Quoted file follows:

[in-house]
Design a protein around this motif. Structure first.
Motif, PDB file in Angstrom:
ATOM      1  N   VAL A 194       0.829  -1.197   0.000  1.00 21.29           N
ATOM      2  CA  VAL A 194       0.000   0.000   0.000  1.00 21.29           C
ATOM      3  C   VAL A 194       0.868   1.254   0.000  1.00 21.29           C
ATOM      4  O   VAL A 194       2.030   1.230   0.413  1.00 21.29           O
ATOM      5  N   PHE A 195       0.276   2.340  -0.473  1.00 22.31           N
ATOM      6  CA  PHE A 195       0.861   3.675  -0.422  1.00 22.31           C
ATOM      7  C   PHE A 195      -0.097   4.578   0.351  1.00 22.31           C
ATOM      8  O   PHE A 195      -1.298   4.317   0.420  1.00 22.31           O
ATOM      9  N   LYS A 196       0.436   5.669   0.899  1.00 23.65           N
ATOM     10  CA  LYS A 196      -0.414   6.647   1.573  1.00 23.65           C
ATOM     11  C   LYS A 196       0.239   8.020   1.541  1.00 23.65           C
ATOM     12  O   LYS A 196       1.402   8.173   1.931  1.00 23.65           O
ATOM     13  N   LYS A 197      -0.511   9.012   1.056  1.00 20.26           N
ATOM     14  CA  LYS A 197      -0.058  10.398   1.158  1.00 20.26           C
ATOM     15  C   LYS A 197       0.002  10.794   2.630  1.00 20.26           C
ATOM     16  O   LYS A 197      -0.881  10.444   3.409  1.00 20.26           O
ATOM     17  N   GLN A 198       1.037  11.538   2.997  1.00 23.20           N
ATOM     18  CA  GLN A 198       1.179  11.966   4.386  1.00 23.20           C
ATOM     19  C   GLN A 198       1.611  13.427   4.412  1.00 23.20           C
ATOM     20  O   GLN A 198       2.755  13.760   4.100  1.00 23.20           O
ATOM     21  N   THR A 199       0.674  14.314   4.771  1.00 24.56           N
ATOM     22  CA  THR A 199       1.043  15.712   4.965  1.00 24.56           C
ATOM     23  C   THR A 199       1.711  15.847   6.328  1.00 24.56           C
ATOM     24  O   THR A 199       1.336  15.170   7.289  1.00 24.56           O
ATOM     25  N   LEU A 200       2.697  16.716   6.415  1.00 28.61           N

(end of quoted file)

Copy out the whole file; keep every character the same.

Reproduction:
[in-house]
Design a protein around this motif. Structure first.
Motif, PDB file in Angstrom:
ATOM      1  N   VAL A 194       0.829  -1.197   0.000  1.00 21.29           N
ATOM      2  CA  VAL A 194       0.000   0.000   0.000  1.00 21.29           C
ATOM      3  C   VAL A 194       0.868   1.254   0.000  1.00 21.29           C
ATOM      4  O   VAL A 194       2.030   1.230   0.413  1.00 21.29           O
ATOM      5  N   PHE A 195       0.276   2.340  -0.473  1.00 22.31           N
ATOM      6  CA  PHE A 195       0.861   3.675  -0.422  1.00 22.31           C
ATOM      7  C   PHE A 195      -0.097   4.578   0.351  1.00 22.31           C
ATOM      8  O   PHE A 195      -1.298   4.317   0.420  1.00 22.31           O
ATOM      9  N   LYS A 196       0.436   5.669   0.899  1.00 23.65           N
ATOM     10  CA  LYS A 196      -0.414   6.647   1.573  1.00 23.65           C
ATOM     11  C   LYS A 196       0.239   8.020   1.541  1.00 23.65           C
ATOM     12  O   LYS A 196       1.402   8.173   1.931  1.00 23.65           O
ATOM     13  N   LYS A 197      -0.511   9.012   1.056  1.00 20.26           N
ATOM     14  CA  LYS A 197      -0.058  10.398   1.158  1.00 20.26           C
ATOM     15  C   LYS A 197       0.002  10.794   2.630  1.00 20.26           C
ATOM     16  O   LYS A 197      -0.881  10.444   3.409  1.00 20.26           O
ATOM     17  N   GLN A 198       1.037  11.538   2.997  1.00 23.20           N
ATOM     18  CA  GLN A 198       1.179  11.966   4.386  1.00 23.20           C
ATOM     19  C   GLN A 198       1.611  13.427   4.412  1.00 23.20           C
ATOM     20  O   GLN A 198       2.755  13.760   4.100  1.00 23.20           O
ATOM     21  N   THR A 199       0.674  14.314   4.771  1.00 24.56           N
ATOM     22  CA  THR A 199       1.043  15.712   4.965  1.00 24.56           C
ATOM     23  C   THR A 199       1.711  15.847   6.328  1.00 24.56           C
ATOM     24  O   THR A 199       1.336  15.170   7.289  1.00 24.56           O
ATOM     25  N   LEU A 200       2.697  16.716   6.415  1.00 28.61           N